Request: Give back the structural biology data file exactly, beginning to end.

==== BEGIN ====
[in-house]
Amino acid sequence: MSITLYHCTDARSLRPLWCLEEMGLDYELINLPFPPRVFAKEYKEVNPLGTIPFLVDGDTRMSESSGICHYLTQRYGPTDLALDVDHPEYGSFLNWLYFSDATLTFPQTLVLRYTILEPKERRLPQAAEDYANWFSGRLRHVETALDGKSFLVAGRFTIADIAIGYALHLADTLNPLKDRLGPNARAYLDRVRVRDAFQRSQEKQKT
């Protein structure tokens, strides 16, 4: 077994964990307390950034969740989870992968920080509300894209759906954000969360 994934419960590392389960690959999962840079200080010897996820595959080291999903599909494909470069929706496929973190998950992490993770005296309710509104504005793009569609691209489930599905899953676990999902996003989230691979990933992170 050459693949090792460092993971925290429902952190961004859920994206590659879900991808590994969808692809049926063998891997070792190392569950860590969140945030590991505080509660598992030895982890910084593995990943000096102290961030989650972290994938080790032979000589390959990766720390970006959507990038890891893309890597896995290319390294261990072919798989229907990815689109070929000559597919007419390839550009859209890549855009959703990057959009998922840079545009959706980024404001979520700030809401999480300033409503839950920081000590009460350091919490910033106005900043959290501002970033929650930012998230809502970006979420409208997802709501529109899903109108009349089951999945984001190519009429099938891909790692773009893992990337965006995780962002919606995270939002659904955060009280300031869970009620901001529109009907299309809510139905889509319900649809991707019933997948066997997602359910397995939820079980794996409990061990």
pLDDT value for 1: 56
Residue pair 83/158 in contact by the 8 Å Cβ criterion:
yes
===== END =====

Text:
[in-house]
Amino acid sequence: MSITLYHCTDARSLRPLWCLEEMGLDYELINLPFPPRVFAKEYKEVNPLGTIPFLVDGDTRMSESSGICHYLTQRYGPTDLALDVDHPEYGSFLNWLYFSDATLTFPQTLVLRYTILEPKERRLPQAAEDYANWFSGRLRHVETALDGKSFLVAGRFTIADIAIGYALHLADTLNPLKDRLGPNARAYLDRVRVRDAFQRSQEKQKT
């Protein structure tokens, strides 16, 4: 077994964990307390950034969740989870992968920080509300894209759906954000969360 994934419960590392389960690959999962840079200080010897996820595959080291999903599909494909470069929706496929973190998950992490993770005296309710509104504005793009569609691209489930599905899953676990999902996003989230691979990933992170 050459693949090792460092993971925290429902952190961004859920994206590659879900991808590994969808692809049926063998891997070792190392569950860590969140945030590991505080509660598992030895982890910084593995990943000096102290961030989650972290994938080790032979000589390959990766720390970006959507990038890891893309890597896995290319390294261990072919798989229907990815689109070929000559597919007419390839550009859209890549855009959703990057959009998922840079545009959706980024404001979520700030809401999480300033409503839950920081000590009460350091919490910033106005900043959290501002970033929650930012998230809502970006979420409208997802709501529109899903109108009349089951999945984001190519009429099938891909790692773009893992990337965006995780962002919606995270939002659904955060009280300031869970009620901001529109009907299309809510139905889509319900649809991707019933997948066997997602359910397995939820079980794996409990061990």
pLDDT value for 1: 56
Residue pair 83/158 in contact by the 8 Å Cβ criterion:
yes